"These results coincide with previous research suggesting that the subjective experience of arousal may be particularly important in influencing genital responses in women with sexual desire and arousal difficulties," the researchers write in the paper. "Therapeutic approaches that enhance women's emotional or subjective experiences of sexual arousal may therefore be beneficial for improving sexual functioning."
How to kick the desire system into gear.
If you struggle with desire, these results suggest it's likely your body and mind's sexual responses are more closely connected than in other people. And your mind may be particularly important for getting your body on board.
That suggests your road to tapping into your sexual desire isn't going to be about initiating physical acts and waiting for your body to feel a spark before you're able to feel mentally turned on. It's going to be about first getting mentally stimulated and then letting your body follow your mind's lead.
How do you get mentally stimulated? Consuming good erotica alone or with a partner can be a great way to whet the mind's appetite, as can sending each other racy messages by text or email. Relationships expert and mbg Collective member Esther Perel advocates for the power of fantasy and even suggests exploring a little role-play in her mbg course on erotic intelligence.
If you're looking for something simpler that you can tap into in the moment, master confidence coach and host of the UnF*ck Your Brain podcast Kara Loewentheil recommends reflecting on some of your most heated moments of the past and looking within for inspiration: "Think about a time you felt really sexy—what was going on? What were you thinking about yourself? There's always a thought even if you weren't aware of it at the time. Wearing something that makes you feel sexy or putting on a slow jams playlist can help, but fundamentally it's thinking about yourself as a sexy and sexual person that will really light the fire within."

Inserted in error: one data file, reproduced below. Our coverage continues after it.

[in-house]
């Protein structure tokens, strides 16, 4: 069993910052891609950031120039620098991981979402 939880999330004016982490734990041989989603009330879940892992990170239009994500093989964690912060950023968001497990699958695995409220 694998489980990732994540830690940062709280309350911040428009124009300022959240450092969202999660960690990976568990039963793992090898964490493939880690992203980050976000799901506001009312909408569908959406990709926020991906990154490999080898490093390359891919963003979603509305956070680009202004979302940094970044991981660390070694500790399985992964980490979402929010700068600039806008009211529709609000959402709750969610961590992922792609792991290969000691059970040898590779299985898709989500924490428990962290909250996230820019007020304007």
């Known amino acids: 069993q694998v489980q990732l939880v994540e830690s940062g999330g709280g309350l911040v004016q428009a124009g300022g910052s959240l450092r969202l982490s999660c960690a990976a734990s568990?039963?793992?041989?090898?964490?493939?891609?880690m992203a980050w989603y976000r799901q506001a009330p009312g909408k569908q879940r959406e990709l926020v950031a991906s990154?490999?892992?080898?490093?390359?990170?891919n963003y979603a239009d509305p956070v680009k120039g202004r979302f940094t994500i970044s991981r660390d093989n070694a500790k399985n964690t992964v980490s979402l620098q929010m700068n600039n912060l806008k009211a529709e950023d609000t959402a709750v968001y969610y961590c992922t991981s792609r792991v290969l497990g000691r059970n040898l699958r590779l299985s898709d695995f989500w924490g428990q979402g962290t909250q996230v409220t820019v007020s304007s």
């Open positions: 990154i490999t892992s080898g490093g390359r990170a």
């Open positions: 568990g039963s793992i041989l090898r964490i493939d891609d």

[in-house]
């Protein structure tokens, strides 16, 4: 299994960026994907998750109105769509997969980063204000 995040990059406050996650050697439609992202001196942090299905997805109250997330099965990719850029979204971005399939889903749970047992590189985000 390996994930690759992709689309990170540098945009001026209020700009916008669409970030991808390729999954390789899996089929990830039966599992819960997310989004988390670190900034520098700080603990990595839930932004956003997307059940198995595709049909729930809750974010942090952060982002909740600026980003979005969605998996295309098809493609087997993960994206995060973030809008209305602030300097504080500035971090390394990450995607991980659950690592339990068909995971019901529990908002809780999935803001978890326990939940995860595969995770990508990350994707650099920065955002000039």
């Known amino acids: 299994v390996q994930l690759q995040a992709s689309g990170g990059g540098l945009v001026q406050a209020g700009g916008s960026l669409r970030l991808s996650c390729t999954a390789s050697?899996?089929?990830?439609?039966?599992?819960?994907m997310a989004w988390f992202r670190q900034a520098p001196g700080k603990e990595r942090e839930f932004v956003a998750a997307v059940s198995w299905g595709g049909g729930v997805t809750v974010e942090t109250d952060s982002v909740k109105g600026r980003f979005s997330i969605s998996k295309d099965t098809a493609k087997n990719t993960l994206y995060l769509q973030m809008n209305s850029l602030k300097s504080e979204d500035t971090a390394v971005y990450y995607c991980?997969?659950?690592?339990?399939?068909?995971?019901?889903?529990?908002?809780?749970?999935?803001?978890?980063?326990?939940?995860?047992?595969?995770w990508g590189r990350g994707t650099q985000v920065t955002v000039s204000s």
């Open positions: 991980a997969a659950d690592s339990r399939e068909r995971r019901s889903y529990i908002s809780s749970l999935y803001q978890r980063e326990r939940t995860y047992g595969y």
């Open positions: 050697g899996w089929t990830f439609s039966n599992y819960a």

Importantly, there can be other factors that affect sexual desire: There can be biochemical reasons for having a lower sex drive, which are something to explore with your doctor. It's also important to reflect on your relationship with your sexual partner; if there's relationship tension, it can sometimes translate into lower sexual desire. All of these possibilities, along with the psychological factors, are worth exploring.
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Kelly Gonsalves is a multi-certified sex educator and relationship coach based in Brooklyn, as well as the sex and relationships editor at mindbodygreen. She has a degree in journalism from Northwestern University and educator certifications from The Gottman Institute and Everyone Deserves Sex Ed. Her writings on sex, relationships, identity, and wellness have appeared at The Cut, Vice, Teen Vogue, Cosmopolitan, and elsewhere.
Gonsalves provides heartful, evidence-based information about sexual well-being and healthy relationships through counseling, coaching, workshops, and journalism. Her research and reporting have debunked myths about the “elusive” female orgasm (nope, women’s orgasms are not a mystery and not naturally more difficult to achieve than men’s orgasms), explored the complicated history of American period care, uncovered the surprising psychology of ex sex, and much, much more.